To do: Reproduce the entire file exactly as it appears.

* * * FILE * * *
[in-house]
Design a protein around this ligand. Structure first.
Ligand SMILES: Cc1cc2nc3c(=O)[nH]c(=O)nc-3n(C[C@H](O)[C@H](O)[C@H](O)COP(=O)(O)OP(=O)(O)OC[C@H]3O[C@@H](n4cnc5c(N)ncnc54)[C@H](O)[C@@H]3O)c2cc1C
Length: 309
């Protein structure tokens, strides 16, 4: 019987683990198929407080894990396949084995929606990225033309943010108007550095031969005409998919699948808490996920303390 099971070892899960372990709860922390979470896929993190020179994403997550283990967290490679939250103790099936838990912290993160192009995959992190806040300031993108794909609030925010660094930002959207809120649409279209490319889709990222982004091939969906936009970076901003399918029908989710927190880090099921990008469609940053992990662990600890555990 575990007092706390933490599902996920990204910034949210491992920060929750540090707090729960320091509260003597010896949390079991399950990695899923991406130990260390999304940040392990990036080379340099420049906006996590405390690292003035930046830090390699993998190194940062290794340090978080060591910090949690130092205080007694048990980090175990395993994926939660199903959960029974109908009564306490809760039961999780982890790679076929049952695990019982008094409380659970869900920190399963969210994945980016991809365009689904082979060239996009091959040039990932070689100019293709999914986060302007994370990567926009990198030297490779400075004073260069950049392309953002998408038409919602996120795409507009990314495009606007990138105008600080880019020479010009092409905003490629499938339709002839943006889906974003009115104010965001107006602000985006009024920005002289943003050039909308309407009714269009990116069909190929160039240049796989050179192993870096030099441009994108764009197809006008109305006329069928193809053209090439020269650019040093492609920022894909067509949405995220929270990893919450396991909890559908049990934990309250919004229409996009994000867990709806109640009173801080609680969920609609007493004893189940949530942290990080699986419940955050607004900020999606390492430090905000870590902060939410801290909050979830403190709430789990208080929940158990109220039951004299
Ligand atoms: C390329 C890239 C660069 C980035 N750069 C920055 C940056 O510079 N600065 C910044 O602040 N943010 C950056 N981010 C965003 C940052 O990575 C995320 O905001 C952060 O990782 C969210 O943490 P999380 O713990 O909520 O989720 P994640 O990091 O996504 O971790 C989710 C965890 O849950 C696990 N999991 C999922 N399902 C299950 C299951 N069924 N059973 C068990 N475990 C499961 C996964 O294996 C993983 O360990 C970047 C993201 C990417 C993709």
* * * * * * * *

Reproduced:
[in-house]
Design a protein around this ligand. Structure first.
Ligand SMILES: Cc1cc2nc3c(=O)[nH]c(=O)nc-3n(C[C@H](O)[C@H](O)[C@H](O)COP(=O)(O)OP(=O)(O)OC[C@H]3O[C@@H](n4cnc5c(N)ncnc54)[C@H](O)[C@@H]3O)c2cc1C
Length: 309
């Protein structure tokens, strides 16, 4: 019987683990198929407080894990396949084995929606990225033309943010108007550095031969005409998919699948808490996920303390 099971070892899960372990709860922390979470896929993190020179994403997550283990967290490679939250103790099936838990912290993160192009995959992190806040300031993108794909609030925010660094930002959207809120649409279209490319889709990222982004091939969906936009970076901003399918029908989710927190880090099921990008469609940053992990662990600890555990 575990007092706390933490599902996920990204910034949210491992920060929750540090707090729960320091509260003597010896949390079991399950990695899923991406130990260390999304940040392990990036080379340099420049906006996590405390690292003035930046830090390699993998190194940062290794340090978080060591910090949690130092205080007694048990980090175990395993994926939660199903959960029974109908009564306490809760039961999780982890790679076929049952695990019982008094409380659970869900920190399963969210994945980016991809365009689904082979060239996009091959040039990932070689100019293709999914986060302007994370990567926009990198030297490779400075004073260069950049392309953002998408038409919602996120795409507009990314495009606007990138105008600080880019020479010009092409905003490629499938339709002839943006889906974003009115104010965001107006602000985006009024920005002289943003050039909308309407009714269009990116069909190929160039240049796989050179192993870096030099441009994108764009197809006008109305006329069928193809053209090439020269650019040093492609920022894909067509949405995220929270990893919450396991909890559908049990934990309250919004229409996009994000867990709806109640009173801080609680969920609609007493004893189940949530942290990080699986419940955050607004900020999606390492430090905000870590902060939410801290909050979830403190709430789990208080929940158990109220039951004299
Ligand atoms: C390329 C890239 C660069 C980035 N750069 C920055 C940056 O510079 N600065 C910044 O602040 N943010 C950056 N981010 C965003 C940052 O990575 C995320 O905001 C952060 O990782 C969210 O943490 P999380 O713990 O909520 O989720 P994640 O990091 O996504 O971790 C989710 C965890 O849950 C696990 N999991 C999922 N399902 C299950 C299951 N069924 N059973 C068990 N475990 C499961 C996964 O294996 C993983 O360990 C970047 C993201 C990417 C993709």